From Baltimore comes this wonderful story about an orphan who never forgot where she came from — and 90 years later, is giving something back:
Cora Barnes has a deep respect for the upbringing she received at the Baltimore orphanage she knew throughout her youth. She learned her algebra and Roman Catholic Latin hymns. She sang at midnight Masses and said her prayers. She also never forgot the love and friendships formed at the little-known institution.
And now, nearly eight decades after she arrived at the orphanage, she returns weekly to its brick buildings set between Maryland Avenue and Howard Street. For the past 17 years, she has been a volunteer at what is now the Franciscan Center, where she sorts women’s clothes and works actively with the poor and homeless. The center recently helped her celebrate her 90th birthday.
She also retains a strong affection for the school and home that helped her navigate what could have been a difficult period.
There were only four young women in Barnes’ 1942 graduating class. She and 60 girls in the school were orphans or children in the care of the Franciscan Sisters, an order of women who housed, fed and educated the African-American children left at their doorsteps or brought to the sisters to be raised.
The religious order has since changed its mission. The sisters no longer take in orphans. They have converted their former convents into housing for low-income residents and homeless women. They run the social service center where Barnes returns to help with scores of other volunteers who give a day or two a week in a highly personalized setting that does its best to overcome notions of cold charity.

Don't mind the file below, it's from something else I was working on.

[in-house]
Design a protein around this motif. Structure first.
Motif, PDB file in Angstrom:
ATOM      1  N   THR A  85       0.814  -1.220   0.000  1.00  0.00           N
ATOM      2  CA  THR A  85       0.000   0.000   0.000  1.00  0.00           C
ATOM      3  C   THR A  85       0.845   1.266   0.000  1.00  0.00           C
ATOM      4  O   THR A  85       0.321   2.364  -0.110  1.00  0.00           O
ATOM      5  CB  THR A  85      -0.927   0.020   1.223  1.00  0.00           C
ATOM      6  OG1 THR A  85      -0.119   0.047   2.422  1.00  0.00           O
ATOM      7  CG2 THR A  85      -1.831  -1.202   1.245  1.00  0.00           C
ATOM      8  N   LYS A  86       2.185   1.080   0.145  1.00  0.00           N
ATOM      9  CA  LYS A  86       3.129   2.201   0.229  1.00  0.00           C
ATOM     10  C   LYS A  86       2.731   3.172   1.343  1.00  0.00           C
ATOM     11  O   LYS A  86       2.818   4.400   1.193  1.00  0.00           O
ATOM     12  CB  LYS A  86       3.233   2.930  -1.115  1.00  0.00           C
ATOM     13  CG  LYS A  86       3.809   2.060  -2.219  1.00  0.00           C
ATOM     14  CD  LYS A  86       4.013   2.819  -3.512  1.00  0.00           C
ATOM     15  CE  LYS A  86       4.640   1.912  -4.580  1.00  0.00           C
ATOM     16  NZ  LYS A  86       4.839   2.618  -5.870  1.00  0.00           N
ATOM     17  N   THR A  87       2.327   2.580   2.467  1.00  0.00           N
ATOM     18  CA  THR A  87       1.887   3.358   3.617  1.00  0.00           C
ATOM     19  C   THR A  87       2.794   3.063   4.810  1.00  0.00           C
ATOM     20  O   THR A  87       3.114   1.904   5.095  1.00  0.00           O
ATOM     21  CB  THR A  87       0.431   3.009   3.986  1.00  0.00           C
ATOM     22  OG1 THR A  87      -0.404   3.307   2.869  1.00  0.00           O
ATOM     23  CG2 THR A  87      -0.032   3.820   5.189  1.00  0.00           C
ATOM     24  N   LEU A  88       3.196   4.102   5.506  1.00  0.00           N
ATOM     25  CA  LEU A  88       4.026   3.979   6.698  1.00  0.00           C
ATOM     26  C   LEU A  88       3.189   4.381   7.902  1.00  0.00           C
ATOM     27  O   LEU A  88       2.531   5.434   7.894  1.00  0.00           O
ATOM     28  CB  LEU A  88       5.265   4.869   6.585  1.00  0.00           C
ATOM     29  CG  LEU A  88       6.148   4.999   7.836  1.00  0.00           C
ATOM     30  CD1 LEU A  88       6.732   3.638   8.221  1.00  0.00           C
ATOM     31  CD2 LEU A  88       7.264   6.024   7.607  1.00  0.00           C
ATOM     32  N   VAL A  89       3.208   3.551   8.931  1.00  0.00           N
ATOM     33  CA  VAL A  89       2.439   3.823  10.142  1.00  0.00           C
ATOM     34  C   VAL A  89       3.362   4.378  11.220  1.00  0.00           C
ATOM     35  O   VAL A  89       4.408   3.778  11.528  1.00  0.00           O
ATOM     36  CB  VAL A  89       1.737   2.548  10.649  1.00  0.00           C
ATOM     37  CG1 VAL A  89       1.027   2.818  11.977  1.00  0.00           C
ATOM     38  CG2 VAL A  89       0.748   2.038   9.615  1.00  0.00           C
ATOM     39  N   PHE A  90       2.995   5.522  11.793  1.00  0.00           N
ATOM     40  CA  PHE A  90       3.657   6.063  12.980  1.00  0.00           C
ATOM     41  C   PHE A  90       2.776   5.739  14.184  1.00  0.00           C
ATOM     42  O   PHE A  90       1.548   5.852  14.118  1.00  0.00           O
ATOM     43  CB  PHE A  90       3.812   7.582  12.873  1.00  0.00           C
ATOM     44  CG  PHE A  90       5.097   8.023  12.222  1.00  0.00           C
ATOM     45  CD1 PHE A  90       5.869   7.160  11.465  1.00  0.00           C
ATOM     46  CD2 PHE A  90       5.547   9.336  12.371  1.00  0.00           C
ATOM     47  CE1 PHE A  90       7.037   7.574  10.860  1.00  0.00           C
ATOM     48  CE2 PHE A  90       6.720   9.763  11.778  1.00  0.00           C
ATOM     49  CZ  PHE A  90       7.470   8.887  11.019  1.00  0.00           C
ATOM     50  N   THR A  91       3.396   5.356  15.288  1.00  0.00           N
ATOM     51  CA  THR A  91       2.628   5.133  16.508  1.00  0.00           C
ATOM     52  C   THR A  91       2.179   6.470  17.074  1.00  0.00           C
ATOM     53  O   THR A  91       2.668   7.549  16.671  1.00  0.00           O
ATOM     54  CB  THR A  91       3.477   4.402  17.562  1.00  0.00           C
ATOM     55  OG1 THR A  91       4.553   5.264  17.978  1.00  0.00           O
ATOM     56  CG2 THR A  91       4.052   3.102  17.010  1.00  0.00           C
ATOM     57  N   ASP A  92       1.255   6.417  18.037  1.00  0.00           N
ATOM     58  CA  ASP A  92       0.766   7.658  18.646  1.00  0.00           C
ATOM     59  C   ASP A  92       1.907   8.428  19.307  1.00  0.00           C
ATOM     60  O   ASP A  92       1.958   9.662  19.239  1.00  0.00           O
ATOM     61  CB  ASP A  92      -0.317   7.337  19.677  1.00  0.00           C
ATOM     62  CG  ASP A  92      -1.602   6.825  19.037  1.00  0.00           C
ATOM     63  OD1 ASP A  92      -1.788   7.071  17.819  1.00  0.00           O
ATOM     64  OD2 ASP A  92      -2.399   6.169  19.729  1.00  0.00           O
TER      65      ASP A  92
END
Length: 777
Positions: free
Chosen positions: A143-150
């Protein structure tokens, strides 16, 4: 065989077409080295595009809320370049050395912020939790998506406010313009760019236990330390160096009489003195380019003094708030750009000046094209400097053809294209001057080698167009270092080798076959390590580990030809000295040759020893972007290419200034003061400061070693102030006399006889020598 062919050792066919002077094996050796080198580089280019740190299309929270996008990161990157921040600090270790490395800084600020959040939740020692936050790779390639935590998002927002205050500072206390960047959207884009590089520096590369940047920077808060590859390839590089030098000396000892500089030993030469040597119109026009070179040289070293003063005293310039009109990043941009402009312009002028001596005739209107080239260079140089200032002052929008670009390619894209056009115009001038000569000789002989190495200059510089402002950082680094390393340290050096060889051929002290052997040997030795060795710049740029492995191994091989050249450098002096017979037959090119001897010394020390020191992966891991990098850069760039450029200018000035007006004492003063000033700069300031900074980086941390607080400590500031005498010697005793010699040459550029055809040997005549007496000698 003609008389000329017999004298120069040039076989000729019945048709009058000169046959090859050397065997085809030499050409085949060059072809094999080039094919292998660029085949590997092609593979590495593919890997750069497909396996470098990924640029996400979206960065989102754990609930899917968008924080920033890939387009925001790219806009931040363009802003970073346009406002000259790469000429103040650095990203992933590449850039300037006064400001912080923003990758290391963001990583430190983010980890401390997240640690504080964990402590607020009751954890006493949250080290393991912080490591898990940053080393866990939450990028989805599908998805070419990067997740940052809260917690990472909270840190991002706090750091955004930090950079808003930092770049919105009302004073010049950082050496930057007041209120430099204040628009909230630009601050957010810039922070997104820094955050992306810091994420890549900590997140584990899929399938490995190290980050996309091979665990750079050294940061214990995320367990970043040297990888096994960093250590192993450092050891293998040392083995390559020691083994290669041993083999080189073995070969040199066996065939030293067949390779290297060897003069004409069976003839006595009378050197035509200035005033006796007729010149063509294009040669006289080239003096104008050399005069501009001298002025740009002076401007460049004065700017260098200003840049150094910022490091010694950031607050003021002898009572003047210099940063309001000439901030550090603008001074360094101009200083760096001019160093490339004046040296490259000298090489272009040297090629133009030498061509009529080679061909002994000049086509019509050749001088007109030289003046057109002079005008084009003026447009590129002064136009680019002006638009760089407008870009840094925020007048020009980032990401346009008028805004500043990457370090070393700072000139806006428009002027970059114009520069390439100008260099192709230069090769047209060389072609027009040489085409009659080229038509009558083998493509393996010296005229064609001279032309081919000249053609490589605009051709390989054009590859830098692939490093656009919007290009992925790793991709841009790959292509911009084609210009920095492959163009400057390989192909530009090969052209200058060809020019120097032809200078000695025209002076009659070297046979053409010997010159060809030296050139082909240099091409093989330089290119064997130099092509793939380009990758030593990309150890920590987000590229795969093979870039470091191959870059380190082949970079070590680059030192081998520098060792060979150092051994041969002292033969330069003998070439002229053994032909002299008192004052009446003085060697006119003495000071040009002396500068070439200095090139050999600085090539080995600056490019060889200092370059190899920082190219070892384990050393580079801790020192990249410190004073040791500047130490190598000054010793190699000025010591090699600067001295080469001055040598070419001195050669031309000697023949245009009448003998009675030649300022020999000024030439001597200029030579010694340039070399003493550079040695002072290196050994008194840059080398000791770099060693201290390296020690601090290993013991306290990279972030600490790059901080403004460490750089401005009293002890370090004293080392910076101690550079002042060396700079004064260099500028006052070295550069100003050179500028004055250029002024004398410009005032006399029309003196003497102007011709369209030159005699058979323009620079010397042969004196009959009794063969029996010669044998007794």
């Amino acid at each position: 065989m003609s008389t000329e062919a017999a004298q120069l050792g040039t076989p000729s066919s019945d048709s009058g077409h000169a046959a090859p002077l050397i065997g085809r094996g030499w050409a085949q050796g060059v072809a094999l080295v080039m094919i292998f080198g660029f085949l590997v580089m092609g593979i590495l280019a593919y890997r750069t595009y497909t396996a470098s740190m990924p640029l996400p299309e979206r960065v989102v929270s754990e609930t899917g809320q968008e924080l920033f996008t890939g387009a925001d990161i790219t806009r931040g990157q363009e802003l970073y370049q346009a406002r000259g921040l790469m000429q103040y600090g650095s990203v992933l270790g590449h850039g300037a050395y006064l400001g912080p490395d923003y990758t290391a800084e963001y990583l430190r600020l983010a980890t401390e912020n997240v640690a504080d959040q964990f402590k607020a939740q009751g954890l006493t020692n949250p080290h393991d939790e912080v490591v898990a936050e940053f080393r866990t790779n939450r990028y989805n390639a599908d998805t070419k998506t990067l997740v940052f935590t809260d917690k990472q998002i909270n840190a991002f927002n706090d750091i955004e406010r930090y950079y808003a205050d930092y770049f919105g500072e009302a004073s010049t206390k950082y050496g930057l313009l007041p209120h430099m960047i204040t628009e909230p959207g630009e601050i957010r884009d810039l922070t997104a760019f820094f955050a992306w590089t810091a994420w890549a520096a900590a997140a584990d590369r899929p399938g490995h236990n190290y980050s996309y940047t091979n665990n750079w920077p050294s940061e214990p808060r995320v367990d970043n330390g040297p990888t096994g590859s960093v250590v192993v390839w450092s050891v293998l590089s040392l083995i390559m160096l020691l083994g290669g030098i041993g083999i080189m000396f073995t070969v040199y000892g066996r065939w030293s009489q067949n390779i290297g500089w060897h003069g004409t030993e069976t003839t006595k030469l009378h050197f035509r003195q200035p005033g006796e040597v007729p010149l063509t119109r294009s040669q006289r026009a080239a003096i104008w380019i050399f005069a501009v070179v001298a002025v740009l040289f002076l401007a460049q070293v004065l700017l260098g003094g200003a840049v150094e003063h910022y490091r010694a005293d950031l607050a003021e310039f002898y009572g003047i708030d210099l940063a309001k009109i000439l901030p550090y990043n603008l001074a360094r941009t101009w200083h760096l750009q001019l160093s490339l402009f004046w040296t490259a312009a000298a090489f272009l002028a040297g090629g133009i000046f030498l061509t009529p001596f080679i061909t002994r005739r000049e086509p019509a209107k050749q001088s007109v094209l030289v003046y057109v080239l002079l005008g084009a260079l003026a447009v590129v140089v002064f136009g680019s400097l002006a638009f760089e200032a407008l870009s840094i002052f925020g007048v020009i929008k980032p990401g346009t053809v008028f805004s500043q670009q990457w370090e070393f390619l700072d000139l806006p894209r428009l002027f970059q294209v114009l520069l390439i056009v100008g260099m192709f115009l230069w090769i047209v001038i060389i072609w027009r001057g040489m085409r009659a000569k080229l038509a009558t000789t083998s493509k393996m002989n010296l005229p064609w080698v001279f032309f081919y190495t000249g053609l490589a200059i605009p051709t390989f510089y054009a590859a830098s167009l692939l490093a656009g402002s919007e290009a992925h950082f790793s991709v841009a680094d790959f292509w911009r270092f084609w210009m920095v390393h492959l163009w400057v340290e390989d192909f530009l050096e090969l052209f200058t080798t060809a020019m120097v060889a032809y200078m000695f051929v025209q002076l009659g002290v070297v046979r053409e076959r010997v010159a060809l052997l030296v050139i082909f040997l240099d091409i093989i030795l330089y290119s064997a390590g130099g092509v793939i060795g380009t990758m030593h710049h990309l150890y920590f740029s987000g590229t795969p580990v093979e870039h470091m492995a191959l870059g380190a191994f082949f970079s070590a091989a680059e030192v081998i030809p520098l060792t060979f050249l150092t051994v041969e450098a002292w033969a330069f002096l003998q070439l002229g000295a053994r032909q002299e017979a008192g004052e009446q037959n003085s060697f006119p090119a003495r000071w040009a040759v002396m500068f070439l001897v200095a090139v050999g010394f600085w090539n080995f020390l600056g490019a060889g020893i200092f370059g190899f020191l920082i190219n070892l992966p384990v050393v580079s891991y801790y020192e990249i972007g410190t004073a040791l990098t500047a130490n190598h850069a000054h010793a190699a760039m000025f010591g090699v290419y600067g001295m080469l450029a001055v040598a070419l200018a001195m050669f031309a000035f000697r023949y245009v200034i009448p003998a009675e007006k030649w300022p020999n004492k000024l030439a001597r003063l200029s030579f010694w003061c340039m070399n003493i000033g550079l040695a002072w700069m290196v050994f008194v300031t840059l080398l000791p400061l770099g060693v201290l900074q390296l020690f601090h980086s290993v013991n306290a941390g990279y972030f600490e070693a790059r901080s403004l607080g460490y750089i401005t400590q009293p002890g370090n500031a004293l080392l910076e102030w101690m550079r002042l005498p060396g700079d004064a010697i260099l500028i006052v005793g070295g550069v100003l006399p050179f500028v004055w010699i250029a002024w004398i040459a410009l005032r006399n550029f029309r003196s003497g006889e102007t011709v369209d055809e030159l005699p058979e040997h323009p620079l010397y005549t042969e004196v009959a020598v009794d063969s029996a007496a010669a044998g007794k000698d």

For example, one day last week, a busload of Calvert Hall College High School students stacked canned goods and served hot meals to the 200 men and women who made their way down Ware Street, the alley that runs behind Maryland Avenue. Other Baltimore charities, including the Helping Up Mission, give clothes there. Upstairs, social workers help clients who face eviction and utility cutoff.
On the Tuesdays when Barnes returns to 23rd Street, she works only a wall or two away from the combined convent-orphanage kitchen where she learned basic housekeeping skills 80 years ago.
“It was really a very happy time in my life,” said Barnes, who lives in nearby Waverly. “We got up early for Mass, had breakfast, did our chores and went to school.”
In racially segregated Baltimore, there were black Roman Catholic parishes, schools and orphanages. Barnes and her sisters, Mary and Elizabeth, were all sent to the care of the Franciscan Sisters, a London-founded order whose members worked with the poor. Recruited to work in Baltimore, they chose to run an orphanage for children who were shunned by the city’s other Roman Catholic religious communities.
“I got a good upbringing from the sisters,” Barnes said. “I think we need some orphanages right now; there are kids out there who need a good upbringing.”
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